Ellie joined the University on a full-time studentship. She is a Visiting Research Fellow at the Centre on Human Rights, University of East London, and has 10 years of experience in the conduct of multi-disciplinary (legal and clinical) and intersectional research in the field of justice for victims of gross human rights violations, including for eight years as Lead Researcher for the Medical Foundation for the Care of Victims of Torture. She is a member of the Victims’ Rights Working Group to the Coalition for the International Criminal Court, and has also served as a member of the Expert Advisory Panel to the British Home Office on the Trafficking of Women. Ellie achieved a Degree in law from Girton College, Cambridge University (1992) and a Masters Degree in Law from the London School of Economics (2000). She qualified as a solicitor in 1994.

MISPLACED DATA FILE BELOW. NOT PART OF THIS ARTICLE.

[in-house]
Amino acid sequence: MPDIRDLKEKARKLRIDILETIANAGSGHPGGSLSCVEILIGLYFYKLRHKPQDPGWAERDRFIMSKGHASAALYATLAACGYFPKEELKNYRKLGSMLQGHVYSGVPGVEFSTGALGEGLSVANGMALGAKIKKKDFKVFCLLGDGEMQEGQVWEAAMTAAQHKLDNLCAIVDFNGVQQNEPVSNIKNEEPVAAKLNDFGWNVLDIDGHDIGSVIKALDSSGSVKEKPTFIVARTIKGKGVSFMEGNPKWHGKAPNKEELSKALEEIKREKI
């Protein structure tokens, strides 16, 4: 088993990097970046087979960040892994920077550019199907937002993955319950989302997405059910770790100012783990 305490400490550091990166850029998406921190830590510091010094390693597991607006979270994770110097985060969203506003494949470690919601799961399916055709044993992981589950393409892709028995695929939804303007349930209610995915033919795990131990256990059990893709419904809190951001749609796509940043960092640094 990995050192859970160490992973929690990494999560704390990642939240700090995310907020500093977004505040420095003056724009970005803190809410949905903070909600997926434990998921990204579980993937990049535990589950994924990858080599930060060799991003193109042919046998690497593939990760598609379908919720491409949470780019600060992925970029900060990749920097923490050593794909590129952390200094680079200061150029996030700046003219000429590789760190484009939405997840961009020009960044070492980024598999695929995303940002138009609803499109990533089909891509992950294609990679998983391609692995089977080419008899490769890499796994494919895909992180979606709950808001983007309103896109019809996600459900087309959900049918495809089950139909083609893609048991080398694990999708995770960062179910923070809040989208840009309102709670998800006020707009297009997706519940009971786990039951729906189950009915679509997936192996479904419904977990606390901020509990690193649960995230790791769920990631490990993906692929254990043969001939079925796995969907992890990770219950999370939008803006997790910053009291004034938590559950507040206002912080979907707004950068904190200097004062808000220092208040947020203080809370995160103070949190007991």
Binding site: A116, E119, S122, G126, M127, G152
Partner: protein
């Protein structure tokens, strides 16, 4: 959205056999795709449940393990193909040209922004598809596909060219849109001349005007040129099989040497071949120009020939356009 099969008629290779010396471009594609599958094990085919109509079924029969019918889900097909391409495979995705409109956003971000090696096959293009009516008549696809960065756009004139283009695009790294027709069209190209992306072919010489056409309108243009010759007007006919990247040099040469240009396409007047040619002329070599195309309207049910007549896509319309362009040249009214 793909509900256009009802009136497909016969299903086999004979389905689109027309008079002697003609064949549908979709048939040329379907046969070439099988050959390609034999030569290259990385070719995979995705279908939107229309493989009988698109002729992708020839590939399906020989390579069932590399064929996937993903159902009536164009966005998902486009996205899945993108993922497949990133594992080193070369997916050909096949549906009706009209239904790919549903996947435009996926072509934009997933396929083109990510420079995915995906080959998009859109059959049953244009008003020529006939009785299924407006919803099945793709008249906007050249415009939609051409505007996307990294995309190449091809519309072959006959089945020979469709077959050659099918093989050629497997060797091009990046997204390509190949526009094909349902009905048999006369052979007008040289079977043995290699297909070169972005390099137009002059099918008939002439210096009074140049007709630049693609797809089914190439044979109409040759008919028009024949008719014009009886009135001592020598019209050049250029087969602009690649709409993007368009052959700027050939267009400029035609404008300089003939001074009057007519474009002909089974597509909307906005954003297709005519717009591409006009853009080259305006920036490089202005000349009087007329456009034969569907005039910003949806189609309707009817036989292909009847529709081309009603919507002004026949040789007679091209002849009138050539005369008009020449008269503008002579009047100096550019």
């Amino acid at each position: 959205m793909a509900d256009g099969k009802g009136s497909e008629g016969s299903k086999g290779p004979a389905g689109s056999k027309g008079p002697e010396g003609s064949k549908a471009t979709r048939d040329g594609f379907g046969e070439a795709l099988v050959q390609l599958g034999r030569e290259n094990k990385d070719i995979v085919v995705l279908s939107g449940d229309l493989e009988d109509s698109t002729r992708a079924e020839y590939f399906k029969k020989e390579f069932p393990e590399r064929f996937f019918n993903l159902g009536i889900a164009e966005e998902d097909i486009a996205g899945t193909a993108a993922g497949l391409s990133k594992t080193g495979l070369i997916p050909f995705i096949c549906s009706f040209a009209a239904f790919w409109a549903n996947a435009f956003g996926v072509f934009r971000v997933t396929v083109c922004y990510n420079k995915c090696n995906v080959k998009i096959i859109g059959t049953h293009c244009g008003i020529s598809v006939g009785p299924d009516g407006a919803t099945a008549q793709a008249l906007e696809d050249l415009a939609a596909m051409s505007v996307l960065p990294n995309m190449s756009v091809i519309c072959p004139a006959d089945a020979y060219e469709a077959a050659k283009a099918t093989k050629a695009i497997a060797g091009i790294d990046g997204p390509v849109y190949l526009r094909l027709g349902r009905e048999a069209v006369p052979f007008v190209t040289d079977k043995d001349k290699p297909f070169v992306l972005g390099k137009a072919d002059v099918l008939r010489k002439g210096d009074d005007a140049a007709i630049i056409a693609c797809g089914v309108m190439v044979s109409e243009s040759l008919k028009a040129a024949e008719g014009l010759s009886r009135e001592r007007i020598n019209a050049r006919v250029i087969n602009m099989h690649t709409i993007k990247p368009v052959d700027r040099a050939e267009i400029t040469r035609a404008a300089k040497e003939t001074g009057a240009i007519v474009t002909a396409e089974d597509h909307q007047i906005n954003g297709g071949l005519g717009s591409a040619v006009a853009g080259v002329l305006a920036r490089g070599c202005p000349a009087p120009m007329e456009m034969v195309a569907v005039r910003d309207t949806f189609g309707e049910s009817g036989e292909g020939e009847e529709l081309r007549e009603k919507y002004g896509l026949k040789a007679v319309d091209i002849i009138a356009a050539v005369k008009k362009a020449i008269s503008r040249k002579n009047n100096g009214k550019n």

You can access a copy of Ellie’s article online here:

School of Tourism’s Adele Ladkin on her FIF Staff Mobility Project: Visiting the United Nations World Tourism Organisation (UNWTO) Themis Foundation in Andorra

Professor Adele Ladkin has received £5,000 funding from the FIF staff mobility strand to undertake two week long visits to the UNWTO Themis Foundation Headquarters in Andorra.

As part of its Capacity Building Programme, the UNWTO.Themis Foundation provides educational courses and workshops for tourism industry experts.  These are in a range of subjects, for example tourism marketing, adventure tourism and sustainable tourism.  Because of the nature of these courses and the demand for different topics, subject experts from the tourism industry and public sectors are recruited as tutors to deliver the courses.